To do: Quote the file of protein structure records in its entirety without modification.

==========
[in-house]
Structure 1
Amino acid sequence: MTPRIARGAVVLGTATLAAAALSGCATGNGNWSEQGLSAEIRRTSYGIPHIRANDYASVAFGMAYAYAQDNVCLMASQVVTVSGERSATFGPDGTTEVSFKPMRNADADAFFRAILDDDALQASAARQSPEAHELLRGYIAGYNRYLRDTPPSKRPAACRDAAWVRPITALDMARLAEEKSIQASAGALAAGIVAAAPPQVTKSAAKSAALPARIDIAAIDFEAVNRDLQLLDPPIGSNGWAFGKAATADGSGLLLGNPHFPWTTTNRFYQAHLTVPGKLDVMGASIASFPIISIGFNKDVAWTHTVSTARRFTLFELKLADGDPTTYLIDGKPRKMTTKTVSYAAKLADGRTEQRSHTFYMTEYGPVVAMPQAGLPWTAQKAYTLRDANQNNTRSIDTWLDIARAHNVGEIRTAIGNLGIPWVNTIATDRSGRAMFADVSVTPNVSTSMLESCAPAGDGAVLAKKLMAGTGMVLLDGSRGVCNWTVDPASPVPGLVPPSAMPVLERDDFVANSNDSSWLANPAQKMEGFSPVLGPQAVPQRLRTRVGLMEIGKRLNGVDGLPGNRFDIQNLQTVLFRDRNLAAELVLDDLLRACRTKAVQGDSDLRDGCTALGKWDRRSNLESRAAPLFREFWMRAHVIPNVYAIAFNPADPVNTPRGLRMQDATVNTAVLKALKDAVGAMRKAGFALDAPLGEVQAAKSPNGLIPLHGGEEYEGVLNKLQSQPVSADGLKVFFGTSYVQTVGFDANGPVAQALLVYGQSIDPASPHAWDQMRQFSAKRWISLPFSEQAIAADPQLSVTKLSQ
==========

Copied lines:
[in-house]
Structure 1
Amino acid sequence: MTPRIARGAVVLGTATLAAAALSGCATGNGNWSEQGLSAEIRRTSYGIPHIRANDYASVAFGMAYAYAQDNVCLMASQVVTVSGERSATFGPDGTTEVSFKPMRNADADAFFRAILDDDALQASAARQSPEAHELLRGYIAGYNRYLRDTPPSKRPAACRDAAWVRPITALDMARLAEEKSIQASAGALAAGIVAAAPPQVTKSAAKSAALPARIDIAAIDFEAVNRDLQLLDPPIGSNGWAFGKAATADGSGLLLGNPHFPWTTTNRFYQAHLTVPGKLDVMGASIASFPIISIGFNKDVAWTHTVSTARRFTLFELKLADGDPTTYLIDGKPRKMTTKTVSYAAKLADGRTEQRSHTFYMTEYGPVVAMPQAGLPWTAQKAYTLRDANQNNTRSIDTWLDIARAHNVGEIRTAIGNLGIPWVNTIATDRSGRAMFADVSVTPNVSTSMLESCAPAGDGAVLAKKLMAGTGMVLLDGSRGVCNWTVDPASPVPGLVPPSAMPVLERDDFVANSNDSSWLANPAQKMEGFSPVLGPQAVPQRLRTRVGLMEIGKRLNGVDGLPGNRFDIQNLQTVLFRDRNLAAELVLDDLLRACRTKAVQGDSDLRDGCTALGKWDRRSNLESRAAPLFREFWMRAHVIPNVYAIAFNPADPVNTPRGLRMQDATVNTAVLKALKDAVGAMRKAGFALDAPLGEVQAAKSPNGLIPLHGGEEYEGVLNKLQSQPVSADGLKVFFGTSYVQTVGFDANGPVAQALLVYGQSIDPASPHAWDQMRQFSAKRWISLPFSEQAIAADPQLSVTKLSQ